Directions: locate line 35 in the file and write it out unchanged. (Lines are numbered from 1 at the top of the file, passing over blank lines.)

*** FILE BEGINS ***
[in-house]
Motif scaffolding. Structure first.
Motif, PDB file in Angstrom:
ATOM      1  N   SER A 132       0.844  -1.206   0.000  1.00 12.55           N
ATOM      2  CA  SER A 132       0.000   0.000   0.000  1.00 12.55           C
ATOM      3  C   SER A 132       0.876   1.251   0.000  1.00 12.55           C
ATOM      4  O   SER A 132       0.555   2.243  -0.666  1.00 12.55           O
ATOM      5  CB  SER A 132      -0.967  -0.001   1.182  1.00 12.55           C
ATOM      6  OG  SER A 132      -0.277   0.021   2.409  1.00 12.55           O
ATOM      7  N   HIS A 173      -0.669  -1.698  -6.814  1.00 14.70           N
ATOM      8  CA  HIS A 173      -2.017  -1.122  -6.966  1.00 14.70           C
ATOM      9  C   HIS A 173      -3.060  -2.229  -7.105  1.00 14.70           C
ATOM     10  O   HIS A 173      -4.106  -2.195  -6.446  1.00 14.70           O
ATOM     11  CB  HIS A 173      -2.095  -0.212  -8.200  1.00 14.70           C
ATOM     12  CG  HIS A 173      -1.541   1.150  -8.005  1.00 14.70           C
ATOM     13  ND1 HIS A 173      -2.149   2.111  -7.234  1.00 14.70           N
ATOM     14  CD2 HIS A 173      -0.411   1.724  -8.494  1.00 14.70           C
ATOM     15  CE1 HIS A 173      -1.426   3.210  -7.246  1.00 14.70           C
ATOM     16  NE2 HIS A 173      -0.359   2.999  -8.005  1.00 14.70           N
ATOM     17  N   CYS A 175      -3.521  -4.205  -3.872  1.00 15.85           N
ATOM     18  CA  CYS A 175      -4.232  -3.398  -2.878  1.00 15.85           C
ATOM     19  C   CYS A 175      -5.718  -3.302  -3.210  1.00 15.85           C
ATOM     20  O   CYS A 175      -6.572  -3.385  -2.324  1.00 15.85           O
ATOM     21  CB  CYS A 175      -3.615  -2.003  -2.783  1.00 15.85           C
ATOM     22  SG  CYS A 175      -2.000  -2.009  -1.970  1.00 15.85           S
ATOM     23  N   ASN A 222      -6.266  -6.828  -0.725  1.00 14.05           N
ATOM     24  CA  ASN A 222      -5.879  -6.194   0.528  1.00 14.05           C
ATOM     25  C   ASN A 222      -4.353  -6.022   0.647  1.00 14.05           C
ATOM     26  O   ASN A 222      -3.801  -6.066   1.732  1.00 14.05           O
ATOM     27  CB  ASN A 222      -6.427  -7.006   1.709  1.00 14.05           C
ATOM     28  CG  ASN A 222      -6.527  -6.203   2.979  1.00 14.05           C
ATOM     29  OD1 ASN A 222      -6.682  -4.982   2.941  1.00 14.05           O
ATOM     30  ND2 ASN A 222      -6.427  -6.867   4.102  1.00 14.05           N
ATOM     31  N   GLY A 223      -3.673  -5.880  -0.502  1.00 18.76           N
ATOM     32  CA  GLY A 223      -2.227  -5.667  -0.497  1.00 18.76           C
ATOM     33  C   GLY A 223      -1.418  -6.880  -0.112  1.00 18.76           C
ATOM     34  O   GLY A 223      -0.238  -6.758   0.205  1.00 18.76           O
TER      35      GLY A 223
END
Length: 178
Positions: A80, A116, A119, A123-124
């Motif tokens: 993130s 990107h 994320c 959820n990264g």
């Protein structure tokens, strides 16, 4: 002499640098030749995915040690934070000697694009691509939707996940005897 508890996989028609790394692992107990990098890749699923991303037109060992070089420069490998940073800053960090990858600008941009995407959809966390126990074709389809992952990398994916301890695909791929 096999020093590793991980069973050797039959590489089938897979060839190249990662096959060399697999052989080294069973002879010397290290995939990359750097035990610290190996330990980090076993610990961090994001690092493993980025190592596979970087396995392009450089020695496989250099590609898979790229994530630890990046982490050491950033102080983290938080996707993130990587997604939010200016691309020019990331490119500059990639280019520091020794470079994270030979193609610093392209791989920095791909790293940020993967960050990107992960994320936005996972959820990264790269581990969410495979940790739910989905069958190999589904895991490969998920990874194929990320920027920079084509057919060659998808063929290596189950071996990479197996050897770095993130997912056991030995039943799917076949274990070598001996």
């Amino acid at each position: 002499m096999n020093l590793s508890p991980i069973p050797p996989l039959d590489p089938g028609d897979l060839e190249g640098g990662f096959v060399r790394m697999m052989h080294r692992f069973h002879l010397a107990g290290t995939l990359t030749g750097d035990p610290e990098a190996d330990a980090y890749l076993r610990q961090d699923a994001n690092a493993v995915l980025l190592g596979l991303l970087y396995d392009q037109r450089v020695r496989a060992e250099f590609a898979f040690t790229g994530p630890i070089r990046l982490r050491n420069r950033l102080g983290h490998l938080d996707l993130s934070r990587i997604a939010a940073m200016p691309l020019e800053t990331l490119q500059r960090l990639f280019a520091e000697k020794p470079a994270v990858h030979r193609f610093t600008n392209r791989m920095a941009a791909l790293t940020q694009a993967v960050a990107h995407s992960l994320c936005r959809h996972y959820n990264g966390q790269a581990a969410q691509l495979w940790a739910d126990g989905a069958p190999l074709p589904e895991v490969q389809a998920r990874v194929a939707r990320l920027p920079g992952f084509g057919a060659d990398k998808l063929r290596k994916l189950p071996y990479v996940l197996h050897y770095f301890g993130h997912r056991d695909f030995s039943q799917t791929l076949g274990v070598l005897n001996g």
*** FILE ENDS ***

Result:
ATOM     32  CA  GLY A 223      -2.227  -5.667  -0.497  1.00 18.76           C